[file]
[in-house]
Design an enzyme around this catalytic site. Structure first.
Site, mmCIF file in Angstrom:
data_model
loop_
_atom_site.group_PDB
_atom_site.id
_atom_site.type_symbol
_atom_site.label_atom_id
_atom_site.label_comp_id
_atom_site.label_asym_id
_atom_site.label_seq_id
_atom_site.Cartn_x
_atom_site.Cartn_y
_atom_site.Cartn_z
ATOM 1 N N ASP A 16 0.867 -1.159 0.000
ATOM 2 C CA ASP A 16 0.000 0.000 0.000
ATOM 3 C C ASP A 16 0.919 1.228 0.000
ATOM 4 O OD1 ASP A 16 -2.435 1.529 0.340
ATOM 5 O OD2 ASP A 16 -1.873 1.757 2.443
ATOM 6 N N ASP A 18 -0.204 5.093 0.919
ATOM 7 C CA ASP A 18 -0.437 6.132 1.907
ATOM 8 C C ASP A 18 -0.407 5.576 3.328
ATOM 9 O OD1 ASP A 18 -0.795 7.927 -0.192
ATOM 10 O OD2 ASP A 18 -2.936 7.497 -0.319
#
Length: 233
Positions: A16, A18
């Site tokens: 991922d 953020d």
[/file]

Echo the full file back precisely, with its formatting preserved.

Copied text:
[in-house]
Design an enzyme around this catalytic site. Structure first.
Site, mmCIF file in Angstrom:
data_model
loop_
_atom_site.group_PDB
_atom_site.id
_atom_site.type_symbol
_atom_site.label_atom_id
_atom_site.label_comp_id
_atom_site.label_asym_id
_atom_site.label_seq_id
_atom_site.Cartn_x
_atom_site.Cartn_y
_atom_site.Cartn_z
ATOM 1 N N ASP A 16 0.867 -1.159 0.000
ATOM 2 C CA ASP A 16 0.000 0.000 0.000
ATOM 3 C C ASP A 16 0.919 1.228 0.000
ATOM 4 O OD1 ASP A 16 -2.435 1.529 0.340
ATOM 5 O OD2 ASP A 16 -1.873 1.757 2.443
ATOM 6 N N ASP A 18 -0.204 5.093 0.919
ATOM 7 C CA ASP A 18 -0.437 6.132 1.907
ATOM 8 C C ASP A 18 -0.407 5.576 3.328
ATOM 9 O OD1 ASP A 18 -0.795 7.927 -0.192
ATOM 10 O OD2 ASP A 18 -2.936 7.497 -0.319
#
Length: 233
Positions: A16, A18
């Site tokens: 991922d 953020d």